Lacy Hunt and Van Hoisington of Hoisington Investment Management do not exactly get us off to a hopeful start in their third-quarter review, today’s Outside the Box:
The worst economic recovery of the post-war period will continue to be restrained by a consumer sector burdened by paltry income growth, a low and falling saving rate, and an increasingly restrictive Federal Reserve policy. Additionally, with the extremely high level of U. S. government debt and deteriorating fiscal situation, the economy is unlikely to benefit from any debt-financed tax changes. Finally, from a longer-term perspective, the recent natural disasters are an additional constraint on economic growth.
Having set the stage for this rather dark and doomy tale, our intrepid authors launch into a blow-by-blow exegesis of the role the beleaguered consumer has played in keeping the economic beast on its feet and slowly stumbling forward.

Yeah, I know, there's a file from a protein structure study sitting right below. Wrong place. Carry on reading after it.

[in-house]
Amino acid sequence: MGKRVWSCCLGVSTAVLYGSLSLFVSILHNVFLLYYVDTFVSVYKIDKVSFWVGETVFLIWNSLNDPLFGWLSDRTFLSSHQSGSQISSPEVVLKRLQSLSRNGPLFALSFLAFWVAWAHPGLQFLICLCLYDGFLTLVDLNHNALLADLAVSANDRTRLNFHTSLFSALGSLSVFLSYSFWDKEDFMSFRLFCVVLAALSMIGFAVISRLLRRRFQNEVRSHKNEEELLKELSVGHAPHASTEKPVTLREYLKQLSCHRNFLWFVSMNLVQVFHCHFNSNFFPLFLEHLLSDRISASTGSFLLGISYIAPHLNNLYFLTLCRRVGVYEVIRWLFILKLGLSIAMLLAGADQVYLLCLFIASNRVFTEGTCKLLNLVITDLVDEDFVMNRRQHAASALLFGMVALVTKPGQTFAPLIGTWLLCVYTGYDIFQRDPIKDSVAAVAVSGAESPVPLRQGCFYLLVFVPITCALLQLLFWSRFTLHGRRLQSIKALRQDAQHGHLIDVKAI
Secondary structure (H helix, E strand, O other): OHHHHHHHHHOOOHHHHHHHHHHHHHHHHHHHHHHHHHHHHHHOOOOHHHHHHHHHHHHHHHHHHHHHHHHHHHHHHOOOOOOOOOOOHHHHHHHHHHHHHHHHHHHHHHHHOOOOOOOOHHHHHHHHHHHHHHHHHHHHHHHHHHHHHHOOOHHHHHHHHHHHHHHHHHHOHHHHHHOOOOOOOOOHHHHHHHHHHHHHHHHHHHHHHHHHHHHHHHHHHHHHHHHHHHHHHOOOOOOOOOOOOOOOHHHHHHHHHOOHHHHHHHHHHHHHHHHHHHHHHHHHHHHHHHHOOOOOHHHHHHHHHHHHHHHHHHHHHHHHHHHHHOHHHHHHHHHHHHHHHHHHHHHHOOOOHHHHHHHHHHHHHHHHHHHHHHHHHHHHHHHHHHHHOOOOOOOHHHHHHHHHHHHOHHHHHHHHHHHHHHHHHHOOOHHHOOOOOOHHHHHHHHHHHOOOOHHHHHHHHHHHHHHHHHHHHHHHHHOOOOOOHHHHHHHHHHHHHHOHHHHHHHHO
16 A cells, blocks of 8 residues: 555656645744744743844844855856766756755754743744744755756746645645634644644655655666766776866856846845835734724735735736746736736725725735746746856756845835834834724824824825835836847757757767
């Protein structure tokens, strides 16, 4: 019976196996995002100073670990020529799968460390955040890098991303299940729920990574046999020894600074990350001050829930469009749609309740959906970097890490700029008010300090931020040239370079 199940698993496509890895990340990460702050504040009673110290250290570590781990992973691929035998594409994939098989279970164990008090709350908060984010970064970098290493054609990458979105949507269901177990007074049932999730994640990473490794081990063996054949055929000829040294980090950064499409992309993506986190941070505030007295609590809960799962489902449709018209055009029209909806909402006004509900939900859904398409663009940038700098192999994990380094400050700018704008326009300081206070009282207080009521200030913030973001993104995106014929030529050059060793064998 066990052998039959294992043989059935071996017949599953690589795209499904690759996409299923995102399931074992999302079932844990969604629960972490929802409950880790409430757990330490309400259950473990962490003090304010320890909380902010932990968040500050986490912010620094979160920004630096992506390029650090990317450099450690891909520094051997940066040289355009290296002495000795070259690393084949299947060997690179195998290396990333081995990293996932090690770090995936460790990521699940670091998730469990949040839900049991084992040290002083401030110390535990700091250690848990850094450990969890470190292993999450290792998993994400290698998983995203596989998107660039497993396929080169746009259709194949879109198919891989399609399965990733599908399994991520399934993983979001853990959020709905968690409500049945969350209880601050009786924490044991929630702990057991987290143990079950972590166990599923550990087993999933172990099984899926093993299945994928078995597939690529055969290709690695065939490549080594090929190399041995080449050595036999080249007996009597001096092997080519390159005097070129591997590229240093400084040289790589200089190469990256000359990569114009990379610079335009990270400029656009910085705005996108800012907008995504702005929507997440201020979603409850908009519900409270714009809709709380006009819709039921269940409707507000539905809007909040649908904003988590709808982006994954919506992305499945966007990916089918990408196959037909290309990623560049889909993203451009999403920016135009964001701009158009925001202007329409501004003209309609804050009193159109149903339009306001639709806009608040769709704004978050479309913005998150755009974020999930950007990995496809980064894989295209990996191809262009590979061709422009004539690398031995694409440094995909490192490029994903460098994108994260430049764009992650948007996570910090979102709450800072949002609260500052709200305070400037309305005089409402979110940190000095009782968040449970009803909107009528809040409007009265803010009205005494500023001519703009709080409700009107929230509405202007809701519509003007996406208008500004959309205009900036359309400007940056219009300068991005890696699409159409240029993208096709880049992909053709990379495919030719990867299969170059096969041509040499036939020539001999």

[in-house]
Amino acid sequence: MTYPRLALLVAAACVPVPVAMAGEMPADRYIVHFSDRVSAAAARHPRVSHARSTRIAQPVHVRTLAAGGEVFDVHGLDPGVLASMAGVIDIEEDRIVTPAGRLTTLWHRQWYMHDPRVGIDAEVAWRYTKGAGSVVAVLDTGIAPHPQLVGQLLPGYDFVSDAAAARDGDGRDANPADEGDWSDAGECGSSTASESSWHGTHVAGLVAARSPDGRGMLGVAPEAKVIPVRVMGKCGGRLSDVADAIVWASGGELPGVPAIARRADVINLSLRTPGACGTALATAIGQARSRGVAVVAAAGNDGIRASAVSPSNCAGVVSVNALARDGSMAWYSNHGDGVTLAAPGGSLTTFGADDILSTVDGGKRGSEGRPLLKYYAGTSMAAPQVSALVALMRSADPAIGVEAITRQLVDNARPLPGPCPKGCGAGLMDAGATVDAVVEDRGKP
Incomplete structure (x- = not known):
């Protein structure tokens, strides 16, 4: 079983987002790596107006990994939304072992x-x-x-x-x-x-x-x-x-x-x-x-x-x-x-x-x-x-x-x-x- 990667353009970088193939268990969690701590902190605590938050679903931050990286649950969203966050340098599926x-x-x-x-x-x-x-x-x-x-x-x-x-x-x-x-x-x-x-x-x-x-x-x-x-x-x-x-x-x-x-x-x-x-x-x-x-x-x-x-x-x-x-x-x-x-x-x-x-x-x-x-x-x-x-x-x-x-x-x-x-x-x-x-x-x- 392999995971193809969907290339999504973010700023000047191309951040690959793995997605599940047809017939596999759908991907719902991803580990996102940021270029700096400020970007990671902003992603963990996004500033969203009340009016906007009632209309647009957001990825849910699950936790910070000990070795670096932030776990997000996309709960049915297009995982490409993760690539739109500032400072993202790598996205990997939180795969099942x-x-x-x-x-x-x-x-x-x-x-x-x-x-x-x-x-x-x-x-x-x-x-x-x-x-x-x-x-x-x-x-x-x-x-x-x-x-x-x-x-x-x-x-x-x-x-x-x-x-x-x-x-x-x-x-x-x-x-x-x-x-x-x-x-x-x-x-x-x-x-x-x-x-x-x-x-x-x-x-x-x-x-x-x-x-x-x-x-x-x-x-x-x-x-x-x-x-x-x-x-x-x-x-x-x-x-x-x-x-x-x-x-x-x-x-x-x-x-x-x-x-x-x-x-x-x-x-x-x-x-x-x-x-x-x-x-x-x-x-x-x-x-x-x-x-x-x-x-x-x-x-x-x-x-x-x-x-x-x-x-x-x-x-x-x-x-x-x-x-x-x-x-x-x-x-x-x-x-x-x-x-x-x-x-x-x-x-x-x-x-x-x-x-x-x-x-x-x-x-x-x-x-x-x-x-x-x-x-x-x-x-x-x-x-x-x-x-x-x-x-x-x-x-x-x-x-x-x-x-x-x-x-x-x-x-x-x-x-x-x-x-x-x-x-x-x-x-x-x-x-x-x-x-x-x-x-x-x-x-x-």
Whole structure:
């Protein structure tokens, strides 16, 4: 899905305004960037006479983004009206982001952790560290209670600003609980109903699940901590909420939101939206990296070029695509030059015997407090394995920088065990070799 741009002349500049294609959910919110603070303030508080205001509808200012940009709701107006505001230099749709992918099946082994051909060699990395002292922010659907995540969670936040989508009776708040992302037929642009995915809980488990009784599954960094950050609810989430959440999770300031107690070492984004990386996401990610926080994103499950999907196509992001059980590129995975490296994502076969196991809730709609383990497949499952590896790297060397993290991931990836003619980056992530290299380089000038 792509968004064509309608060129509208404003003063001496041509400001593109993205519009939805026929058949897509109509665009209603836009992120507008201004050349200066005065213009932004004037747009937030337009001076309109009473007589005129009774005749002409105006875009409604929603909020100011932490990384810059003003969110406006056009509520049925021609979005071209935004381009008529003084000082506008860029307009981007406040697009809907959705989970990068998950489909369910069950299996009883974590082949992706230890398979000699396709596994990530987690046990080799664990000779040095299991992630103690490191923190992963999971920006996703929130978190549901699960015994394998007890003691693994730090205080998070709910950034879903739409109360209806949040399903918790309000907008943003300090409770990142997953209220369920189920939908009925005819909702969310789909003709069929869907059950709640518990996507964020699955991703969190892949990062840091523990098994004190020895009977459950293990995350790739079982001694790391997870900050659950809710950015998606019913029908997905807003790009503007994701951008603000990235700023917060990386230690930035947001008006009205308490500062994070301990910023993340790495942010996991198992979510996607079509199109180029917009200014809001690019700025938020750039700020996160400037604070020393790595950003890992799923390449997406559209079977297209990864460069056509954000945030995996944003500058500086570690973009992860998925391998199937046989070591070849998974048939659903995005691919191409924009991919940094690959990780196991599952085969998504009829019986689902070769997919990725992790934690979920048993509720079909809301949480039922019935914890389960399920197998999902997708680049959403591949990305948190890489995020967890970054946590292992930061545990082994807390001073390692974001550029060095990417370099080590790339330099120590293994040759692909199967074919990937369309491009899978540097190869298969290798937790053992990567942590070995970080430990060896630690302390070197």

We consumers account for two-thirds of US GDP, they remind us. And ‘Consumer spending is funded either by income growth, more debt, or some other reduction in saving. Recent trends in each of these categories, as outlined below, do not bode well for this critical sector of the U. S. economy.’ I’ll let Lacy and Van fill in all the gruesome details.
But they bring up the point – and do it mathematically and in depth – that I made in last week’s letter: The Federal Reserve is embarked upon an extraordinarily dangerous course as it both raises rates and reduces its balance sheet.
This post was published at Mauldin Economics on OCTOBER 11, 2017.